The general rule is that the police cannot elicit incriminating statements without providing a Miranda warning. Here, the court found that they did not elicit the unwarned statements because the mother, not the police, elicited the information--never mind that the police are sitting right there in the station house and told the mother to "talk to him for us." The court held the mother was not acting as an agent of the state because she was not "encouraged or actively recruited as an agent of the police to obtain incriminating statements" (in contrast with, for example, a social worker). Ms. Clodfelter herself testified that all the officers asked her to do, and all she in fact did do, was ask her son to tell the truth about his involvement in the crime. Such actions do not rise to the level of Ms. Clodfelter acting as an agent of the police.
Second, defendant's statement, in front of police, to his mother that they needed to call a lawyer was too ambiguous (and not to police) to count as an assertion of Miranda right to counsel and his request to police to leave and come back tomorrow was too vague to count as an assertion of Miranda right to remain silent.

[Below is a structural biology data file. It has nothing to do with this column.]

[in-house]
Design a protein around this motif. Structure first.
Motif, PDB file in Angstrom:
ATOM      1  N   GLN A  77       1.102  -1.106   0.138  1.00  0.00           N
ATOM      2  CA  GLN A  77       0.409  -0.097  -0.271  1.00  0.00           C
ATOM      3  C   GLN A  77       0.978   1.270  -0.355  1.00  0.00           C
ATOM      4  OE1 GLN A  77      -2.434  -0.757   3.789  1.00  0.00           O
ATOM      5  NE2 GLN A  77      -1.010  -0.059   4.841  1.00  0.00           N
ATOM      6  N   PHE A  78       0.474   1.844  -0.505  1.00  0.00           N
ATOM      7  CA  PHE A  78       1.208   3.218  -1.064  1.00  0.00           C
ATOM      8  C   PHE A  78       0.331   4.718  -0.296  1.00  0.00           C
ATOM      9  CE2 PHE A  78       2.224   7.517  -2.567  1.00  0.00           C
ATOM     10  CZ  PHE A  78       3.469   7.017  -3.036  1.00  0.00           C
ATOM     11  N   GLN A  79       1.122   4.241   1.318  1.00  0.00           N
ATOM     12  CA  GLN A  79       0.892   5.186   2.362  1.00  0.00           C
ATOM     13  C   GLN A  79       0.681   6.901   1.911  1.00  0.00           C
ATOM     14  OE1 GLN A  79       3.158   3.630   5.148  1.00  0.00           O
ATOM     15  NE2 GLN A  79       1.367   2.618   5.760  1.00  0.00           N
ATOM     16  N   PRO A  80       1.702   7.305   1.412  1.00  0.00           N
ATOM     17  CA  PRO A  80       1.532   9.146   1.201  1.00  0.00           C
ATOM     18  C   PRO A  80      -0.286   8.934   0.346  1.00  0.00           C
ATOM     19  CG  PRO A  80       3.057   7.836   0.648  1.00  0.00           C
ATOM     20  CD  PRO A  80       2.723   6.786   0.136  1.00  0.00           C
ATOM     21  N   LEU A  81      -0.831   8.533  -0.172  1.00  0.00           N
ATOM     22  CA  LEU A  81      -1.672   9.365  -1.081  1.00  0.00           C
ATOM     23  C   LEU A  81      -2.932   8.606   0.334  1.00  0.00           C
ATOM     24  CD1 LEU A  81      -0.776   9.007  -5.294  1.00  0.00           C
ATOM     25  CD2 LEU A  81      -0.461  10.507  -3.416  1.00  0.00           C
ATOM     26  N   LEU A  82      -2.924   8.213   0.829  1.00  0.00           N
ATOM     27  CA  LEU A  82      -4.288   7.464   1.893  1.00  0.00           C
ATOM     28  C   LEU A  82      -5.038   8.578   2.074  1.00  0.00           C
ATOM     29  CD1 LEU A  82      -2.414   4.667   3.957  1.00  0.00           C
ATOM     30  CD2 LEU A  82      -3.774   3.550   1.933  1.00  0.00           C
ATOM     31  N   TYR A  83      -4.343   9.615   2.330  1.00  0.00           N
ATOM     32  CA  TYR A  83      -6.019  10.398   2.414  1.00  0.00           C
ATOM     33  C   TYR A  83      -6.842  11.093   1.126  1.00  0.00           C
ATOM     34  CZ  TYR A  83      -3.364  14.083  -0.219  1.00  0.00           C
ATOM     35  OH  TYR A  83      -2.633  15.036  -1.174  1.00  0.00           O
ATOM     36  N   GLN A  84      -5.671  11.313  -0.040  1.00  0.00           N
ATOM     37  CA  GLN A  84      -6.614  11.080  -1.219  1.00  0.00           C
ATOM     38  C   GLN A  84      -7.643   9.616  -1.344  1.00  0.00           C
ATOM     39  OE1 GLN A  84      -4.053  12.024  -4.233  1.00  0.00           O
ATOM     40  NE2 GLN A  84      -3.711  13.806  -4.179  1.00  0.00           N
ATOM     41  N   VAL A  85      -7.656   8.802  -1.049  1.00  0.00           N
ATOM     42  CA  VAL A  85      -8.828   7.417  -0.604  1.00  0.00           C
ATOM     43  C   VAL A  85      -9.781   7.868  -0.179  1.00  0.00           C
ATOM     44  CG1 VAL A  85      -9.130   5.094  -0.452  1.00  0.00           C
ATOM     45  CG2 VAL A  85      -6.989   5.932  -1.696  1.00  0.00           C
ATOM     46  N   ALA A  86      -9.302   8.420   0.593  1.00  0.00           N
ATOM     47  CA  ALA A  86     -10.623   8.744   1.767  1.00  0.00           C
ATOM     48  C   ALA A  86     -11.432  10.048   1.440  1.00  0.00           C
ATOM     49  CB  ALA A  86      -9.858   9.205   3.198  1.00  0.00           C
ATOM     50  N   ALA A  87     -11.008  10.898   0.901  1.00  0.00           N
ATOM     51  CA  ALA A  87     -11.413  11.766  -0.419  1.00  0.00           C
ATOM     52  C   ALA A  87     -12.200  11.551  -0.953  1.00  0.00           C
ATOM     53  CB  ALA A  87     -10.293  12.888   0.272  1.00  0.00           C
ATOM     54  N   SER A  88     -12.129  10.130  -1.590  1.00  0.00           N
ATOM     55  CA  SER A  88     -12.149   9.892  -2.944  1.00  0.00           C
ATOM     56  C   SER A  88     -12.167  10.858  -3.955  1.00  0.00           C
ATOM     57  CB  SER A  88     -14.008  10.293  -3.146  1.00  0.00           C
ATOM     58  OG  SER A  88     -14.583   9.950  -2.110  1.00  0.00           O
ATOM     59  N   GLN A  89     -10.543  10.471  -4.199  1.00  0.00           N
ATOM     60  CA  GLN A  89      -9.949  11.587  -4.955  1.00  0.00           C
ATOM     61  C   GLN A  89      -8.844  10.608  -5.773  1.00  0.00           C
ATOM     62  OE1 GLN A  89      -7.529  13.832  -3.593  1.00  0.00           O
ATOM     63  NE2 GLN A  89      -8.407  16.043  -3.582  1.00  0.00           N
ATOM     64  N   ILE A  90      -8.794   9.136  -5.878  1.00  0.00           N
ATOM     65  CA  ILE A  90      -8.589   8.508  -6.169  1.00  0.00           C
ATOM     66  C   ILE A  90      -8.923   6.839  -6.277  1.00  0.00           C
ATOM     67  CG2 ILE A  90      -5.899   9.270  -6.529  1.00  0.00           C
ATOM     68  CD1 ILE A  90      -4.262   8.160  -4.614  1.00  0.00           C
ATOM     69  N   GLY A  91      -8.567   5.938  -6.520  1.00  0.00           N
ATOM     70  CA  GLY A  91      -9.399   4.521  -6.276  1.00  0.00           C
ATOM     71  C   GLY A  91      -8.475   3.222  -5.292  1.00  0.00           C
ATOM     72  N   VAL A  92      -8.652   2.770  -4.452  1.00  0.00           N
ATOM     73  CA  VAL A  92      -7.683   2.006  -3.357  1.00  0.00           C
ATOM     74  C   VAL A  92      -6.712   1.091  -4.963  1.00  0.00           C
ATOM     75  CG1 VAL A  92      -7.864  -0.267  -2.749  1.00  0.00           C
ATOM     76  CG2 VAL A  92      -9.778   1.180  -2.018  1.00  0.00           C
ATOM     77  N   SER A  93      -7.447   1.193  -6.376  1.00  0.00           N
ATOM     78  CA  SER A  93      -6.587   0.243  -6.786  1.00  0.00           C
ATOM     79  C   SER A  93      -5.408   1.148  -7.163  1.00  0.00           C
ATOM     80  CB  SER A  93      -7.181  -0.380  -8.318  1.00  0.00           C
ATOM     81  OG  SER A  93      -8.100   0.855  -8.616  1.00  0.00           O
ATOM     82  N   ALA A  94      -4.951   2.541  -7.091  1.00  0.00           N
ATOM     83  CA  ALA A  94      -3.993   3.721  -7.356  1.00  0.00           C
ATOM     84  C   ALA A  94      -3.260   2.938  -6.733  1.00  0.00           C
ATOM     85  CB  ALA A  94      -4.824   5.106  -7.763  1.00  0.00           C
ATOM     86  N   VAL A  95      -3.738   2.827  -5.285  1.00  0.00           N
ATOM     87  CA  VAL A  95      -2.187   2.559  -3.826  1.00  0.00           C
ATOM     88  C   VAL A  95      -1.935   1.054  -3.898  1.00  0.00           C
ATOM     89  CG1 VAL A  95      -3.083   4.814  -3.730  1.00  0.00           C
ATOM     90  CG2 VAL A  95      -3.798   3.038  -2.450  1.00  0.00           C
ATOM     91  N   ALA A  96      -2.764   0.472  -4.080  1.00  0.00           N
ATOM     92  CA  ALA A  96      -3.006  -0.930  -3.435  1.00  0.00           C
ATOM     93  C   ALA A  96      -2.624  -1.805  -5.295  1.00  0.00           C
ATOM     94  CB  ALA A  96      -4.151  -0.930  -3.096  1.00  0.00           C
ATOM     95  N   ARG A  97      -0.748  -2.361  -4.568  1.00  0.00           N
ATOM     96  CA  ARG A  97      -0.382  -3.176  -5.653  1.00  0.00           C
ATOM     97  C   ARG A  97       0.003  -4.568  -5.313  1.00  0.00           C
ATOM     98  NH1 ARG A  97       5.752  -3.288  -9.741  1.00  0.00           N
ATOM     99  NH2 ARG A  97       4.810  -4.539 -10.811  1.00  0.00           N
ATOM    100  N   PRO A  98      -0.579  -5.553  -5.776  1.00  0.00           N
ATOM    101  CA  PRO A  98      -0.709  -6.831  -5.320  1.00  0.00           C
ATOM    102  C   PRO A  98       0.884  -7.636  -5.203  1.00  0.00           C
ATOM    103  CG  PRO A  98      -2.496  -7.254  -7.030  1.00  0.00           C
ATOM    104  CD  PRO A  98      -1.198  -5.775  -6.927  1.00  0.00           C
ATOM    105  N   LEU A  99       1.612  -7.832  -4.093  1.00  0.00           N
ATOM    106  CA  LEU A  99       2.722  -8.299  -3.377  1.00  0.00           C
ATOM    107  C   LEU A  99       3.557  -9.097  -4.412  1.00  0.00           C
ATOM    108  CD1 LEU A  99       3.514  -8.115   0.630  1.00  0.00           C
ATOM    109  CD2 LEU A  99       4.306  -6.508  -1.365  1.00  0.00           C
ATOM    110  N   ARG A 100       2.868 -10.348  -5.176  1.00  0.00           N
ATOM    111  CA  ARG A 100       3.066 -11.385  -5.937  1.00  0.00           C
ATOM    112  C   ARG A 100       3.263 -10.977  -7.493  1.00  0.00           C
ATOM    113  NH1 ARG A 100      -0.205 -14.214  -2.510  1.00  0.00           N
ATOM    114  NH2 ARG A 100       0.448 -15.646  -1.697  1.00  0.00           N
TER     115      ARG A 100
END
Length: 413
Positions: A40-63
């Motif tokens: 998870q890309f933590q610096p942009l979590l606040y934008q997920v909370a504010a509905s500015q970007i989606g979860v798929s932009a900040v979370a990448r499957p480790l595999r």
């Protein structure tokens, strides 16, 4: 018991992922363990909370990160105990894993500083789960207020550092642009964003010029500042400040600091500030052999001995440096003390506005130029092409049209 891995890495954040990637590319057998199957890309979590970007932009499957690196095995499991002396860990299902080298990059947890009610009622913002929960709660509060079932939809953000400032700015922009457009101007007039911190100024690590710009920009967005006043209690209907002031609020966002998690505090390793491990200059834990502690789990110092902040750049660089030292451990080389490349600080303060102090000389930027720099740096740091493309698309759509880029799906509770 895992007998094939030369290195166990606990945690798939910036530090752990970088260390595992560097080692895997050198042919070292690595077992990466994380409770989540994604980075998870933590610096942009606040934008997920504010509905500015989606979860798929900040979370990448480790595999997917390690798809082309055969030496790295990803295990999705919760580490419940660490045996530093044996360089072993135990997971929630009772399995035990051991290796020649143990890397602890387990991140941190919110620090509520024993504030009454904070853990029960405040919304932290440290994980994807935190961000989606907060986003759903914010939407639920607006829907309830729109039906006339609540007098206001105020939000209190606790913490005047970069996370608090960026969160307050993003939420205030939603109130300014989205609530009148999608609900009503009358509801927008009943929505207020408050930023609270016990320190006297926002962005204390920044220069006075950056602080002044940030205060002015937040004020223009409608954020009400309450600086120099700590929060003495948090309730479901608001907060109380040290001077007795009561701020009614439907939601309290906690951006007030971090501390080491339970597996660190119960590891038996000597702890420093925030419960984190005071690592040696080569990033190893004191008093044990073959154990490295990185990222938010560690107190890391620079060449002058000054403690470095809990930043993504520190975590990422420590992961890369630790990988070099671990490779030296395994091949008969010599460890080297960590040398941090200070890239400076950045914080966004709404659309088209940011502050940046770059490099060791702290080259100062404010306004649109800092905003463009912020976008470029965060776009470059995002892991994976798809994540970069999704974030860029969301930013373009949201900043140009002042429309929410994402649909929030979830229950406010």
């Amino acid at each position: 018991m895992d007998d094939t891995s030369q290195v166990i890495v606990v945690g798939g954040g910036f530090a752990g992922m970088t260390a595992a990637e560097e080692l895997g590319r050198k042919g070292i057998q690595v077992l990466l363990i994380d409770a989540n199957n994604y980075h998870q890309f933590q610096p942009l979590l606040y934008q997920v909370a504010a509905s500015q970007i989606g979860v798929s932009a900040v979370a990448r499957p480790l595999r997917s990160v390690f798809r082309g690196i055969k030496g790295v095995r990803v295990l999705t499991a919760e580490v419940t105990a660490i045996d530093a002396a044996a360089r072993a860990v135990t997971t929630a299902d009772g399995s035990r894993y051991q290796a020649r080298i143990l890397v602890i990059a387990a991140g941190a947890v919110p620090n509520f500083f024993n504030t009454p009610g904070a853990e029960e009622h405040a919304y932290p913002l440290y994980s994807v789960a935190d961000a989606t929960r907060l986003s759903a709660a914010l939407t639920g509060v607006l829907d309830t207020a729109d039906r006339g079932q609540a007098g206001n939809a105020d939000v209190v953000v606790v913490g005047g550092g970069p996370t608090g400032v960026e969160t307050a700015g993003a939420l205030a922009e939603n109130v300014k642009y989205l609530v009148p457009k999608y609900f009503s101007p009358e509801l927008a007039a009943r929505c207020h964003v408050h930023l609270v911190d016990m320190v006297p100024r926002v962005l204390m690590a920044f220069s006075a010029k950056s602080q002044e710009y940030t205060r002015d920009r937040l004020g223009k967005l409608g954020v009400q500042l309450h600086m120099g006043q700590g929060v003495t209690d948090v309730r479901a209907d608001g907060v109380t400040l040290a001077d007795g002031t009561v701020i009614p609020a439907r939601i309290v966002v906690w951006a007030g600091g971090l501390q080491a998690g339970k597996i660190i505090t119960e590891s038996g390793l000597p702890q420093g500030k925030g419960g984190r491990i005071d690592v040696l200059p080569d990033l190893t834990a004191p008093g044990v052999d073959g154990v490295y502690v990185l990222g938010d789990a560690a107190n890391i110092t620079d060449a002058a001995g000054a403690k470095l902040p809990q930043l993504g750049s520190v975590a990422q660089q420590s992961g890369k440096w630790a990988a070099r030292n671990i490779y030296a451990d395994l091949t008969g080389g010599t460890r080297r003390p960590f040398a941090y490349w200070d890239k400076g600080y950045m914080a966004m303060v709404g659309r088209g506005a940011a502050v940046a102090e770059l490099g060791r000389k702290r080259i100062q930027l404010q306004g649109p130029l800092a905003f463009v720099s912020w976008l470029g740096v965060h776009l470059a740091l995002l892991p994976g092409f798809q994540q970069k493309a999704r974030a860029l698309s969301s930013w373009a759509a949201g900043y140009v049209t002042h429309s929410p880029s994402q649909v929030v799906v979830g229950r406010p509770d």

State v. Graves. Defendant challenged conviction for felony eluding arrest (Gen. Stat. 20-141.5).
To be convicted of eluding arrest, the state must show:
1) Operate a vehicle on street or highway while fleeing a law enforcement officer, lawfully performing his duties
2) With knowledge that it is a law enforcement officer or (holding) reason to believe it is a law enforcement officer.
The charge is enhanced to a felony if, while eluding arrest, the defendant does two or more of the following:
- Speeds in excess of 15 mph
- Is drunk
- Drives recklessly
- Negligently causes an accident (with $1000 damage or injury)
- Speeds in a school zone
- Passes a stopped school bus
- Has a child under 12 in the car.
No error, during charge in court defining reasonable doubt as "Proof beyond a reasonable doubt
is proof that satisfies or entirely convinces you of the defendant’s guilt" instead of the pattern which reads: "Proof beyond a reasonable doubt is proof that fully satisfies or entirely convinces you of the defendant’s guilt"
State v. Wilson. Court found that, in IAC claim, any deficient performance was harmless because the trial would not have had any other outcome, given the overwhelming evidence, if the defendant had competent counsel.